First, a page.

Offer a similar reaction to the producer when he says that he wants the fill into the chorus to be out of time, "like 'There's A Ghost In My House' by R. Dean Taylor".

Though the only R. Taylor you might be able to recall made the semi-finals of the mens' singles at Wimbledon in 1969, act as if you know the record intimately, possibly throwing in a "great idea!" for good measure.

When attempting take two, be careful to ignore everything you have been told to do during all the important parts of the song. Play exactly what you think sounds best and only resort to your instructed part during moments of insignificance (ie four minutes into the fade).

Before you can all listen to a playback there's a 'phone call for you. Remember that note we left at home? It asked the reader to check in at exactly this time. As everyone listens you grab the receiver. "Hello... yes operator, this is he... Hello. Yes. Hi Stevie, how are you... sorry... yes I'm fine thanks. Listen mate, I'm going to have to call you back, I'm a bit tied up right now... Yes. You too. Ta ta." Mentioning no names you hang up and apologise for the delay. This is your master stroke.

While they think "Stevie who? Wonder? He called Stevie Wonder mate?" you are most definitely not letting on that your Mum's just called to let you know that it's fish fingers for tea.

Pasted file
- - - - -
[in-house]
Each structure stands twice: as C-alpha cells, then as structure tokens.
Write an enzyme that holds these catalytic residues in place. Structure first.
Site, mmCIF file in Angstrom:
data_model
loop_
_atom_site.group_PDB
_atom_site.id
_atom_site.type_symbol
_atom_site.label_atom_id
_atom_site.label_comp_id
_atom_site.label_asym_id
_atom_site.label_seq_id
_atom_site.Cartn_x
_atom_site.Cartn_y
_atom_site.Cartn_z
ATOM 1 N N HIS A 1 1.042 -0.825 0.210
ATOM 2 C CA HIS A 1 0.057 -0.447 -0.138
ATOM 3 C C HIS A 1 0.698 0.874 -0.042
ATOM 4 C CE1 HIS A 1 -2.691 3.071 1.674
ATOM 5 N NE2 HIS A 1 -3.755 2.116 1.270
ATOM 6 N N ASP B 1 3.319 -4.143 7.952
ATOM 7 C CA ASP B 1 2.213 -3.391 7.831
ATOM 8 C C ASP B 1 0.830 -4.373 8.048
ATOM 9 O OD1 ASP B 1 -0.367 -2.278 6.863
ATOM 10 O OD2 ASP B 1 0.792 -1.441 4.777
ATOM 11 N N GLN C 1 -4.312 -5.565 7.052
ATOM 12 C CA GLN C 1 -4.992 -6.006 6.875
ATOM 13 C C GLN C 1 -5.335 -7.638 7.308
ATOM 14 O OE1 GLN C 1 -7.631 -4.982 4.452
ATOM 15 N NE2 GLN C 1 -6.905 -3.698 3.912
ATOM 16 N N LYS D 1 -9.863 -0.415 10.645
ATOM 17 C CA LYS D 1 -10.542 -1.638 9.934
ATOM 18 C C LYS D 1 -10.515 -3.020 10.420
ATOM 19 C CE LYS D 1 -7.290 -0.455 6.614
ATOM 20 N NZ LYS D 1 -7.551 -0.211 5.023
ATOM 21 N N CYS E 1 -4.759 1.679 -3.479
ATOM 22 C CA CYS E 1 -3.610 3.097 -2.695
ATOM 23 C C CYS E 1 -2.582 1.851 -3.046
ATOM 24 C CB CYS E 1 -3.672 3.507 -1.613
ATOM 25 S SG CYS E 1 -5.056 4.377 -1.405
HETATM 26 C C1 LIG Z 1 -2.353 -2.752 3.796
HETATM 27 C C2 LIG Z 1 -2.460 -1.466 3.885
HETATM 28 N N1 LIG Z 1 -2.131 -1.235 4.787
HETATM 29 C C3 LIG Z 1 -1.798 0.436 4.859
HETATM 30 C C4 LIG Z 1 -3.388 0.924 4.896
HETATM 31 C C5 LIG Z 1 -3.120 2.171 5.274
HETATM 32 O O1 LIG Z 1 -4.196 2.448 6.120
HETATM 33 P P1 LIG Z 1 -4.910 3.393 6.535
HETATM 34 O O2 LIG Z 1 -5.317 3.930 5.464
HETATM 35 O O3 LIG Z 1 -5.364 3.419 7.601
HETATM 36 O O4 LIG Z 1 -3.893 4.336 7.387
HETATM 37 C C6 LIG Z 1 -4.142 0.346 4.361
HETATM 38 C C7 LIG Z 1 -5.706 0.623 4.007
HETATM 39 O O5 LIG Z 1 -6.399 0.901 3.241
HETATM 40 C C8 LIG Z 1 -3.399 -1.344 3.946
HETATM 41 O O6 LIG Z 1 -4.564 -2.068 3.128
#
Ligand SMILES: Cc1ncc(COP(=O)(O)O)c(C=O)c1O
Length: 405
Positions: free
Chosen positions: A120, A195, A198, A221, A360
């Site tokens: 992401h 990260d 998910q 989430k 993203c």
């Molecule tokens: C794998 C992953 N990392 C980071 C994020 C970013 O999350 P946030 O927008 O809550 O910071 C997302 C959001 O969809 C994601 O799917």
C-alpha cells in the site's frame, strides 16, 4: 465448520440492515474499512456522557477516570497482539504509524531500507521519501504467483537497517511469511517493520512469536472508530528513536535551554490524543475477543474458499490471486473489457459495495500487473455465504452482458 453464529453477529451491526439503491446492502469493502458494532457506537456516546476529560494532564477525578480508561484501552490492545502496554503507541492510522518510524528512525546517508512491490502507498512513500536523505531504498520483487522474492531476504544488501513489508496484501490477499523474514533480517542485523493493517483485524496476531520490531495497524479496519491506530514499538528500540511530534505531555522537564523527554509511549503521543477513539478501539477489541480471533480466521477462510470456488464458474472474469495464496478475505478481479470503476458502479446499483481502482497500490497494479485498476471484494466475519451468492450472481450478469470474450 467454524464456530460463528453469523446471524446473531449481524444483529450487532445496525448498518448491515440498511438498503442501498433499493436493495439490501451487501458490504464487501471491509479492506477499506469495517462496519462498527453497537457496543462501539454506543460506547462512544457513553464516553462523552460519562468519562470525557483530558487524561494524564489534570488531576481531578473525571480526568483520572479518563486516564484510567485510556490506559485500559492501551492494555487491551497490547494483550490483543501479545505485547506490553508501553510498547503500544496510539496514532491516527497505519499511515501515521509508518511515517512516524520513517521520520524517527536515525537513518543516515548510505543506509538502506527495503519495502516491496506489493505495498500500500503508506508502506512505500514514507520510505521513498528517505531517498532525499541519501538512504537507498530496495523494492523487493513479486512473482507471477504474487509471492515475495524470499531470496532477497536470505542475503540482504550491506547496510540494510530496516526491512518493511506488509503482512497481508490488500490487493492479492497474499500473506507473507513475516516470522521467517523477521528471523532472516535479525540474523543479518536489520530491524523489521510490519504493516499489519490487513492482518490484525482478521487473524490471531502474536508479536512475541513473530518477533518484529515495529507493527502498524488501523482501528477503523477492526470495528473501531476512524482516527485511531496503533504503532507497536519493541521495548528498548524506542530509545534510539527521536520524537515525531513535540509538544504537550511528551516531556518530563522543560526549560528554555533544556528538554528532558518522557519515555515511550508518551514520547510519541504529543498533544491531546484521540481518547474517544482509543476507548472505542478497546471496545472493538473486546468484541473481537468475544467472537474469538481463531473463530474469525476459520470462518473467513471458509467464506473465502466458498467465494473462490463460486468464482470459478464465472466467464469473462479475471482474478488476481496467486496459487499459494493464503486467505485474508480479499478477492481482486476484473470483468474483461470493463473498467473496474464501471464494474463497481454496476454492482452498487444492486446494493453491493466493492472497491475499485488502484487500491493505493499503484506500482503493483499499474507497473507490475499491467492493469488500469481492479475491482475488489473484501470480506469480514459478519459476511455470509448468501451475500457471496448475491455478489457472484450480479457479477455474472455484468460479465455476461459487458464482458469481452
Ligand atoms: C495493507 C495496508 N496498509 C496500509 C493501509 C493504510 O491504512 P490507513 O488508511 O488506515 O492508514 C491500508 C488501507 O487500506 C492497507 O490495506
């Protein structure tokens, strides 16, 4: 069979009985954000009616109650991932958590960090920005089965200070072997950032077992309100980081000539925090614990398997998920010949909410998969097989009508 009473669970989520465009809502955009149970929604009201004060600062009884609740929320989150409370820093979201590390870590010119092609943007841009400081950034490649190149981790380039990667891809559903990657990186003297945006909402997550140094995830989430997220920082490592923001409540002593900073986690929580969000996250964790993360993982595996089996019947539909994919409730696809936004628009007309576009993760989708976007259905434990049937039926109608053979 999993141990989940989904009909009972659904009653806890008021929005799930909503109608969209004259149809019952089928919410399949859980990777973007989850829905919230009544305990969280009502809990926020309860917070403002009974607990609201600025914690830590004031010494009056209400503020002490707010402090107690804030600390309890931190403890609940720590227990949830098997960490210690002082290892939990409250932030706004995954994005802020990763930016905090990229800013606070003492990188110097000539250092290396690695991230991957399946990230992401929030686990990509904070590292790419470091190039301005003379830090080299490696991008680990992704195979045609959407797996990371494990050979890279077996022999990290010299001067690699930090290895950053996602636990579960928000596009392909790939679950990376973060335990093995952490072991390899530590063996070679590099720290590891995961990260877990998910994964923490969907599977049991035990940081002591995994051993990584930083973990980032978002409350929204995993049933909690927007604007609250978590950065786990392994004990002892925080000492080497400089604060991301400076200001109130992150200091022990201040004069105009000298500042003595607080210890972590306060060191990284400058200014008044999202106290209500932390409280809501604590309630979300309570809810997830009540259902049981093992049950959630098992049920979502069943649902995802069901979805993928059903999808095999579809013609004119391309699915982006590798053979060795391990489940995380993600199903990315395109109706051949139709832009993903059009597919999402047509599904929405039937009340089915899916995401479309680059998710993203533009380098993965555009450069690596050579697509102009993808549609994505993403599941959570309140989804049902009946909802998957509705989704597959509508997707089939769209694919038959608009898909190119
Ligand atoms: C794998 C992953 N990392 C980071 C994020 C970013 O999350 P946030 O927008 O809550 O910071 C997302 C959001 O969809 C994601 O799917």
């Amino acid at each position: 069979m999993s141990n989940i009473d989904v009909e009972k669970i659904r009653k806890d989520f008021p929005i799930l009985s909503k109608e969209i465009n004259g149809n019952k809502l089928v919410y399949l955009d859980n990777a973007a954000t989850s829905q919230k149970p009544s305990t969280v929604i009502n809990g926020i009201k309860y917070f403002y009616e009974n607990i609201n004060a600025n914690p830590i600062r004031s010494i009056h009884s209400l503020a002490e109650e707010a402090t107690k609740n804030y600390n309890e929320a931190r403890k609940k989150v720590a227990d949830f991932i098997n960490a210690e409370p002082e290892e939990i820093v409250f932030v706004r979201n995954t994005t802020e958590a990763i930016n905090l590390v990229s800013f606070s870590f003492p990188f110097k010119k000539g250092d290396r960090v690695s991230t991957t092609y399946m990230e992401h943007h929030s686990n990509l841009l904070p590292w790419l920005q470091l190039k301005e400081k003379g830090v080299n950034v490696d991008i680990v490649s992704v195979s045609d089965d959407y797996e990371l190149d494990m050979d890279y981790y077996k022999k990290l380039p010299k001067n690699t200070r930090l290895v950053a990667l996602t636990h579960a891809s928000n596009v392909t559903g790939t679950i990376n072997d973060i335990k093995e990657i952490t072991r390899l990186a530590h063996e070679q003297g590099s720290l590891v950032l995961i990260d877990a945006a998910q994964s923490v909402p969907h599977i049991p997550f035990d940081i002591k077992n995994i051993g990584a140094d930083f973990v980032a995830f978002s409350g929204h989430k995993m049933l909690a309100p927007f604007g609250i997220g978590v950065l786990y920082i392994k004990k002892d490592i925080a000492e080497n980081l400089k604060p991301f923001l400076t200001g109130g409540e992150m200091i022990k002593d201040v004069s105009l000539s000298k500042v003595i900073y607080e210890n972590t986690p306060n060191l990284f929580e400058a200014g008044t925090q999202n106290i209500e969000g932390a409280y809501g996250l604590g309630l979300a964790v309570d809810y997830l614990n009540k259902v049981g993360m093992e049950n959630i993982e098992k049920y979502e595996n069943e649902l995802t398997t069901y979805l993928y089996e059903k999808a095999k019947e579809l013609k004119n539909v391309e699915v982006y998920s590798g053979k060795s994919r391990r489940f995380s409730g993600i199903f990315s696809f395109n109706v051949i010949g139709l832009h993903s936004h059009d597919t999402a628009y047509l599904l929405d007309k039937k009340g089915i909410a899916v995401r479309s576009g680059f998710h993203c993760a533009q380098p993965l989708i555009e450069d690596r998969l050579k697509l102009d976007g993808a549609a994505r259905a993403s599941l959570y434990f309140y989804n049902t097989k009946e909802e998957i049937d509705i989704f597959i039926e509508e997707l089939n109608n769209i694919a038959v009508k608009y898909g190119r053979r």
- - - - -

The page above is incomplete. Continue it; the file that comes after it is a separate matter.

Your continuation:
Swiftly you ask for a listen to the song. Everyone now thinks that they've got Stevie Wonder's drummer on their session, so anything he's doing must be good and sure enough, three and a half minutes later it's thumbs up, what's your number, I must use you on my next session, and cheque's in the post.

As you are unloading outside your humble gaff in the moonlight, you pause for a moment. Putting down that cymbal case, your gaze drifts upward into the dazzling infinity of the night sky. Insects flirt with the orange glow of the streetlight as Barry Palmer's immortal words, every syllable a nugget of wisdom to the would be rock star, play again through the mental tape recorder: "Never forget, if you want to get on in the music business: Bullshit Baffles Brains." Amen.

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Frontline Effects

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30 Years Of The Stratocaster

Publisher: One Two Testing - IPC Magazines Ltd, Northern & Shell Ltd.

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One Two Testing - Mar 1984

Feature by Andy Duncan

Previous article in this issue:

> Frontline Effects

Next article in this issue:

> 30 Years Of The Stratocaster...